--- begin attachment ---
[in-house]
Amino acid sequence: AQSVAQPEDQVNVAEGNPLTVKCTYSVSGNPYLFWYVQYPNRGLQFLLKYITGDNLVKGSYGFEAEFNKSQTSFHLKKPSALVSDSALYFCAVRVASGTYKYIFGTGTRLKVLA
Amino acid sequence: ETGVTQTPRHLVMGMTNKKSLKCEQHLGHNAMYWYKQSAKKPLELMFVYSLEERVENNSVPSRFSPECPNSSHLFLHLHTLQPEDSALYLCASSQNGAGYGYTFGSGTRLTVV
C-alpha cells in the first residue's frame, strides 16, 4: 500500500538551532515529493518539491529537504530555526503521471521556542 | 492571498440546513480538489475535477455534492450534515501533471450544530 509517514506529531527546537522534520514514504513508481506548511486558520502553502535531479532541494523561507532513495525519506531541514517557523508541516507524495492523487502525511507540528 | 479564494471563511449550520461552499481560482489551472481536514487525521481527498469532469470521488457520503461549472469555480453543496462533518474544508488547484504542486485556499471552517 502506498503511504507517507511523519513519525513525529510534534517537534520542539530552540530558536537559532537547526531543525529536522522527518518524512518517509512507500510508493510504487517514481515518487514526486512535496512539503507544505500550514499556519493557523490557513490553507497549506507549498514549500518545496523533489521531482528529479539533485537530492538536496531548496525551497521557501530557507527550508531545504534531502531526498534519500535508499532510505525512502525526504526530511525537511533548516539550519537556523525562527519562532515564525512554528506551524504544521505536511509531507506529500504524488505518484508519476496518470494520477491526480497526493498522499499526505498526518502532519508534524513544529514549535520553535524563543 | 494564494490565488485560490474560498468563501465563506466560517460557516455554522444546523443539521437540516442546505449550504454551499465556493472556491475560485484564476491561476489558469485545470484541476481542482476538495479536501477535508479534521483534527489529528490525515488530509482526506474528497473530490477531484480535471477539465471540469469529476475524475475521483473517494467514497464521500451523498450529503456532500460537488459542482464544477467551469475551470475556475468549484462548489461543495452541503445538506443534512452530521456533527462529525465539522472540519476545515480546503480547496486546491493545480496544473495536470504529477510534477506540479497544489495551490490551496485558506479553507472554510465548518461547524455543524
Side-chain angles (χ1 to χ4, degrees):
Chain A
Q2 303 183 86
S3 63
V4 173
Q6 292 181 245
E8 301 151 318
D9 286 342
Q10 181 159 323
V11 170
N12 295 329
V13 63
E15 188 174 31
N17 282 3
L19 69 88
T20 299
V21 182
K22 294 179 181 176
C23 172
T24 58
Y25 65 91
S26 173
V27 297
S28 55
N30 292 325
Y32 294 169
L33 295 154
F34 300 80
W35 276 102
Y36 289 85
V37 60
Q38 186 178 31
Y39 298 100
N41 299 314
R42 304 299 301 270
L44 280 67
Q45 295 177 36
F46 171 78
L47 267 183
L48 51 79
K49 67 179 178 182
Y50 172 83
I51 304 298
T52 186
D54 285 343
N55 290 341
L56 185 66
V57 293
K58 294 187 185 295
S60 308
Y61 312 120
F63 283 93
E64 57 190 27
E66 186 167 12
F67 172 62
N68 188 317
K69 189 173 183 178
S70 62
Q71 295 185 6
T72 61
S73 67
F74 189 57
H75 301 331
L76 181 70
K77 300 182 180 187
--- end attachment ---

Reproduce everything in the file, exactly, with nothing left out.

[in-house]
Amino acid sequence: AQSVAQPEDQVNVAEGNPLTVKCTYSVSGNPYLFWYVQYPNRGLQFLLKYITGDNLVKGSYGFEAEFNKSQTSFHLKKPSALVSDSALYFCAVRVASGTYKYIFGTGTRLKVLA
Amino acid sequence: ETGVTQTPRHLVMGMTNKKSLKCEQHLGHNAMYWYKQSAKKPLELMFVYSLEERVENNSVPSRFSPECPNSSHLFLHLHTLQPEDSALYLCASSQNGAGYGYTFGSGTRLTVV
C-alpha cells in the first residue's frame, strides 16, 4: 500500500538551532515529493518539491529537504530555526503521471521556542 | 492571498440546513480538489475535477455534492450534515501533471450544530 509517514506529531527546537522534520514514504513508481506548511486558520502553502535531479532541494523561507532513495525519506531541514517557523508541516507524495492523487502525511507540528 | 479564494471563511449550520461552499481560482489551472481536514487525521481527498469532469470521488457520503461549472469555480453543496462533518474544508488547484504542486485556499471552517 502506498503511504507517507511523519513519525513525529510534534517537534520542539530552540530558536537559532537547526531543525529536522522527518518524512518517509512507500510508493510504487517514481515518487514526486512535496512539503507544505500550514499556519493557523490557513490553507497549506507549498514549500518545496523533489521531482528529479539533485537530492538536496531548496525551497521557501530557507527550508531545504534531502531526498534519500535508499532510505525512502525526504526530511525537511533548516539550519537556523525562527519562532515564525512554528506551524504544521505536511509531507506529500504524488505518484508519476496518470494520477491526480497526493498522499499526505498526518502532519508534524513544529514549535520553535524563543 | 494564494490565488485560490474560498468563501465563506466560517460557516455554522444546523443539521437540516442546505449550504454551499465556493472556491475560485484564476491561476489558469485545470484541476481542482476538495479536501477535508479534521483534527489529528490525515488530509482526506474528497473530490477531484480535471477539465471540469469529476475524475475521483473517494467514497464521500451523498450529503456532500460537488459542482464544477467551469475551470475556475468549484462548489461543495452541503445538506443534512452530521456533527462529525465539522472540519476545515480546503480547496486546491493545480496544473495536470504529477510534477506540479497544489495551490490551496485558506479553507472554510465548518461547524455543524
Side-chain angles (χ1 to χ4, degrees):
Chain A
Q2 303 183 86
S3 63
V4 173
Q6 292 181 245
E8 301 151 318
D9 286 342
Q10 181 159 323
V11 170
N12 295 329
V13 63
E15 188 174 31
N17 282 3
L19 69 88
T20 299
V21 182
K22 294 179 181 176
C23 172
T24 58
Y25 65 91
S26 173
V27 297
S28 55
N30 292 325
Y32 294 169
L33 295 154
F34 300 80
W35 276 102
Y36 289 85
V37 60
Q38 186 178 31
Y39 298 100
N41 299 314
R42 304 299 301 270
L44 280 67
Q45 295 177 36
F46 171 78
L47 267 183
L48 51 79
K49 67 179 178 182
Y50 172 83
I51 304 298
T52 186
D54 285 343
N55 290 341
L56 185 66
V57 293
K58 294 187 185 295
S60 308
Y61 312 120
F63 283 93
E64 57 190 27
E66 186 167 12
F67 172 62
N68 188 317
K69 189 173 183 178
S70 62
Q71 295 185 6
T72 61
S73 67
F74 189 57
H75 301 331
L76 181 70
K77 300 182 180 187